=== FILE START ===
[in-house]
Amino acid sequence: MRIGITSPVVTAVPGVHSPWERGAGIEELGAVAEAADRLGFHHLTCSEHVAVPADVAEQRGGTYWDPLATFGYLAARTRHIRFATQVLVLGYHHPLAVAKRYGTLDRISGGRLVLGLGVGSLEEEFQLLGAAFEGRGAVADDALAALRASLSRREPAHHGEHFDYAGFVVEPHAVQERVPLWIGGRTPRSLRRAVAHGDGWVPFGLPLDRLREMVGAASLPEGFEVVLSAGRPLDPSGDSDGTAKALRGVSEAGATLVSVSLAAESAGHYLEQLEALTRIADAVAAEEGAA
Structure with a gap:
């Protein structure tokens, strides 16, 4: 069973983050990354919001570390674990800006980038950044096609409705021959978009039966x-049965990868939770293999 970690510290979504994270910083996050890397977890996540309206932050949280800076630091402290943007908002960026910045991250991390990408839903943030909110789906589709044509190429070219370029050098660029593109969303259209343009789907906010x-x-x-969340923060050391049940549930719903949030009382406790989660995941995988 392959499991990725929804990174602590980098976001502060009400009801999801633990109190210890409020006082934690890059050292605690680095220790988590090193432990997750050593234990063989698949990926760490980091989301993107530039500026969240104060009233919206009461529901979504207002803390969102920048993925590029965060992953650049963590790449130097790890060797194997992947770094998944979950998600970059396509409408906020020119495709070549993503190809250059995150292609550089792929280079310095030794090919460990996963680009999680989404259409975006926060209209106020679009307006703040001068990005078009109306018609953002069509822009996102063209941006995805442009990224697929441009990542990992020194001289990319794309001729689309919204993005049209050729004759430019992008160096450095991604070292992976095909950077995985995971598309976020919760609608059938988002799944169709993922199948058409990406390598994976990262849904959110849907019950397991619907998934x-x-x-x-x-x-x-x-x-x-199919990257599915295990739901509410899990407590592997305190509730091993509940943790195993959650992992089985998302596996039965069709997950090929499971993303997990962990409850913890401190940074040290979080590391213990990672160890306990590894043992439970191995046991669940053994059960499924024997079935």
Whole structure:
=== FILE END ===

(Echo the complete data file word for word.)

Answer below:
[in-house]
Amino acid sequence: MRIGITSPVVTAVPGVHSPWERGAGIEELGAVAEAADRLGFHHLTCSEHVAVPADVAEQRGGTYWDPLATFGYLAARTRHIRFATQVLVLGYHHPLAVAKRYGTLDRISGGRLVLGLGVGSLEEEFQLLGAAFEGRGAVADDALAALRASLSRREPAHHGEHFDYAGFVVEPHAVQERVPLWIGGRTPRSLRRAVAHGDGWVPFGLPLDRLREMVGAASLPEGFEVVLSAGRPLDPSGDSDGTAKALRGVSEAGATLVSVSLAAESAGHYLEQLEALTRIADAVAAEEGAA
Structure with a gap:
């Protein structure tokens, strides 16, 4: 069973983050990354919001570390674990800006980038950044096609409705021959978009039966x-049965990868939770293999 970690510290979504994270910083996050890397977890996540309206932050949280800076630091402290943007908002960026910045991250991390990408839903943030909110789906589709044509190429070219370029050098660029593109969303259209343009789907906010x-x-x-969340923060050391049940549930719903949030009382406790989660995941995988 392959499991990725929804990174602590980098976001502060009400009801999801633990109190210890409020006082934690890059050292605690680095220790988590090193432990997750050593234990063989698949990926760490980091989301993107530039500026969240104060009233919206009461529901979504207002803390969102920048993925590029965060992953650049963590790449130097790890060797194997992947770094998944979950998600970059396509409408906020020119495709070549993503190809250059995150292609550089792929280079310095030794090919460990996963680009999680989404259409975006926060209209106020679009307006703040001068990005078009109306018609953002069509822009996102063209941006995805442009990224697929441009990542990992020194001289990319794309001729689309919204993005049209050729004759430019992008160096450095991604070292992976095909950077995985995971598309976020919760609608059938988002799944169709993922199948058409990406390598994976990262849904959110849907019950397991619907998934x-x-x-x-x-x-x-x-x-x-199919990257599915295990739901509410899990407590592997305190509730091993509940943790195993959650992992089985998302596996039965069709997950090929499971993303997990962990409850913890401190940074040290979080590391213990990672160890306990590894043992439970191995046991669940053994059960499924024997079935």
Whole structure: